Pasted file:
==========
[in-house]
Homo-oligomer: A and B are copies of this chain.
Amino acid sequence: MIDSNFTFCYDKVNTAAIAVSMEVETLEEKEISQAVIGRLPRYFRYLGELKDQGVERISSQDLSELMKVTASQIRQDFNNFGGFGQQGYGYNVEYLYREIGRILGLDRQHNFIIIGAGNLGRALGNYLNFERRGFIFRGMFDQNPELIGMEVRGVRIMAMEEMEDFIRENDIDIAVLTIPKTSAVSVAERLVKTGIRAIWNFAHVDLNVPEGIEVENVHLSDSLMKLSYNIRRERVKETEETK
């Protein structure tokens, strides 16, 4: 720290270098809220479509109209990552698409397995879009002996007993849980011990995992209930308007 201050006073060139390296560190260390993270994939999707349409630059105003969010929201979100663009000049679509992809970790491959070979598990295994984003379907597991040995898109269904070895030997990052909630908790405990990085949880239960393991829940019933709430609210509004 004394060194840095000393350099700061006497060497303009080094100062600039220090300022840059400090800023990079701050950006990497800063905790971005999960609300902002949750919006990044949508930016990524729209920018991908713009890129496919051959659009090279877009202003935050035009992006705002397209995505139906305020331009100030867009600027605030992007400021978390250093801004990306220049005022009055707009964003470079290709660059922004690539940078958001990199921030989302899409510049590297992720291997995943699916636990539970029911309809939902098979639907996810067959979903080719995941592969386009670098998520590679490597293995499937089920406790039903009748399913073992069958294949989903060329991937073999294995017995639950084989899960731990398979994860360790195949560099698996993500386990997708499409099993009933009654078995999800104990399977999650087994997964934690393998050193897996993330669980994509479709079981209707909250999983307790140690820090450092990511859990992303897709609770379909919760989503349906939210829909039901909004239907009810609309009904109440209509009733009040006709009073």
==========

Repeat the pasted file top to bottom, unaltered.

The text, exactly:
[in-house]
Homo-oligomer: A and B are copies of this chain.
Amino acid sequence: MIDSNFTFCYDKVNTAAIAVSMEVETLEEKEISQAVIGRLPRYFRYLGELKDQGVERISSQDLSELMKVTASQIRQDFNNFGGFGQQGYGYNVEYLYREIGRILGLDRQHNFIIIGAGNLGRALGNYLNFERRGFIFRGMFDQNPELIGMEVRGVRIMAMEEMEDFIRENDIDIAVLTIPKTSAVSVAERLVKTGIRAIWNFAHVDLNVPEGIEVENVHLSDSLMKLSYNIRRERVKETEETK
């Protein structure tokens, strides 16, 4: 720290270098809220479509109209990552698409397995879009002996007993849980011990995992209930308007 201050006073060139390296560190260390993270994939999707349409630059105003969010929201979100663009000049679509992809970790491959070979598990295994984003379907597991040995898109269904070895030997990052909630908790405990990085949880239960393991829940019933709430609210509004 004394060194840095000393350099700061006497060497303009080094100062600039220090300022840059400090800023990079701050950006990497800063905790971005999960609300902002949750919006990044949508930016990524729209920018991908713009890129496919051959659009090279877009202003935050035009992006705002397209995505139906305020331009100030867009600027605030992007400021978390250093801004990306220049005022009055707009964003470079290709660059922004690539940078958001990199921030989302899409510049590297992720291997995943699916636990539970029911309809939902098979639907996810067959979903080719995941592969386009670098998520590679490597293995499937089920406790039903009748399913073992069958294949989903060329991937073999294995017995639950084989899960731990398979994860360790195949560099698996993500386990997708499409099993009933009654078995999800104990399977999650087994997964934690393998050193897996993330669980994509479709079981209707909250999983307790140690820090450092990511859990992303897709609770379909919760989503349906939210829909039901909004239907009810609309009904109440209509009733009040006709009073």